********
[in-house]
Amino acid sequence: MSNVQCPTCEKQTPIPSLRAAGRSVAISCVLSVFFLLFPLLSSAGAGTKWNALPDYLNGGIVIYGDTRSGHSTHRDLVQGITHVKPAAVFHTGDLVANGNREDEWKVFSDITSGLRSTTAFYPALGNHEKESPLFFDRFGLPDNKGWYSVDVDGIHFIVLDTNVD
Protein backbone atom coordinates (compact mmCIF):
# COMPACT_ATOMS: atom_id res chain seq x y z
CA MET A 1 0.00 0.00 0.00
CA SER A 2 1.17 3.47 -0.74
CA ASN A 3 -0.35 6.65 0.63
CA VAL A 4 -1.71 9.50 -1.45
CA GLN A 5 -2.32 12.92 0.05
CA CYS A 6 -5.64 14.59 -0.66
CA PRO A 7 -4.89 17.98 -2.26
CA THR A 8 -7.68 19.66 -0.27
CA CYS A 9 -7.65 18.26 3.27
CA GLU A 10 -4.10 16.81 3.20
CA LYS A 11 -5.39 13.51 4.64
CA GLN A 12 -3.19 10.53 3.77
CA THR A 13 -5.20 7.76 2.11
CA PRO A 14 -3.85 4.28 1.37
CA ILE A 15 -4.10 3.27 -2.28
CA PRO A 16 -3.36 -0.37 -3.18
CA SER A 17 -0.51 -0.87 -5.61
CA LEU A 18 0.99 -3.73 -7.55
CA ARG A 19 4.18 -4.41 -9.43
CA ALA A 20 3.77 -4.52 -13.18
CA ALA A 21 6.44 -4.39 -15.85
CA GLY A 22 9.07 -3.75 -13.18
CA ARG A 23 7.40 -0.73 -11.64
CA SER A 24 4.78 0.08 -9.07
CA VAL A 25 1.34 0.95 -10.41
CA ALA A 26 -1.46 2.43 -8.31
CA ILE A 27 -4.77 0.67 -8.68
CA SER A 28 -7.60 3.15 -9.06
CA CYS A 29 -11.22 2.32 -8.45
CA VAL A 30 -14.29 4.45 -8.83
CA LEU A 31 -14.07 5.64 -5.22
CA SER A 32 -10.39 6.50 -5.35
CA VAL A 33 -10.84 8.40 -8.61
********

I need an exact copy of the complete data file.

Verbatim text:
[in-house]
Amino acid sequence: MSNVQCPTCEKQTPIPSLRAAGRSVAISCVLSVFFLLFPLLSSAGAGTKWNALPDYLNGGIVIYGDTRSGHSTHRDLVQGITHVKPAAVFHTGDLVANGNREDEWKVFSDITSGLRSTTAFYPALGNHEKESPLFFDRFGLPDNKGWYSVDVDGIHFIVLDTNVD
Protein backbone atom coordinates (compact mmCIF):
# COMPACT_ATOMS: atom_id res chain seq x y z
CA MET A 1 0.00 0.00 0.00
CA SER A 2 1.17 3.47 -0.74
CA ASN A 3 -0.35 6.65 0.63
CA VAL A 4 -1.71 9.50 -1.45
CA GLN A 5 -2.32 12.92 0.05
CA CYS A 6 -5.64 14.59 -0.66
CA PRO A 7 -4.89 17.98 -2.26
CA THR A 8 -7.68 19.66 -0.27
CA CYS A 9 -7.65 18.26 3.27
CA GLU A 10 -4.10 16.81 3.20
CA LYS A 11 -5.39 13.51 4.64
CA GLN A 12 -3.19 10.53 3.77
CA THR A 13 -5.20 7.76 2.11
CA PRO A 14 -3.85 4.28 1.37
CA ILE A 15 -4.10 3.27 -2.28
CA PRO A 16 -3.36 -0.37 -3.18
CA SER A 17 -0.51 -0.87 -5.61
CA LEU A 18 0.99 -3.73 -7.55
CA ARG A 19 4.18 -4.41 -9.43
CA ALA A 20 3.77 -4.52 -13.18
CA ALA A 21 6.44 -4.39 -15.85
CA GLY A 22 9.07 -3.75 -13.18
CA ARG A 23 7.40 -0.73 -11.64
CA SER A 24 4.78 0.08 -9.07
CA VAL A 25 1.34 0.95 -10.41
CA ALA A 26 -1.46 2.43 -8.31
CA ILE A 27 -4.77 0.67 -8.68
CA SER A 28 -7.60 3.15 -9.06
CA CYS A 29 -11.22 2.32 -8.45
CA VAL A 30 -14.29 4.45 -8.83
CA LEU A 31 -14.07 5.64 -5.22
CA SER A 32 -10.39 6.50 -5.35
CA VAL A 33 -10.84 8.40 -8.61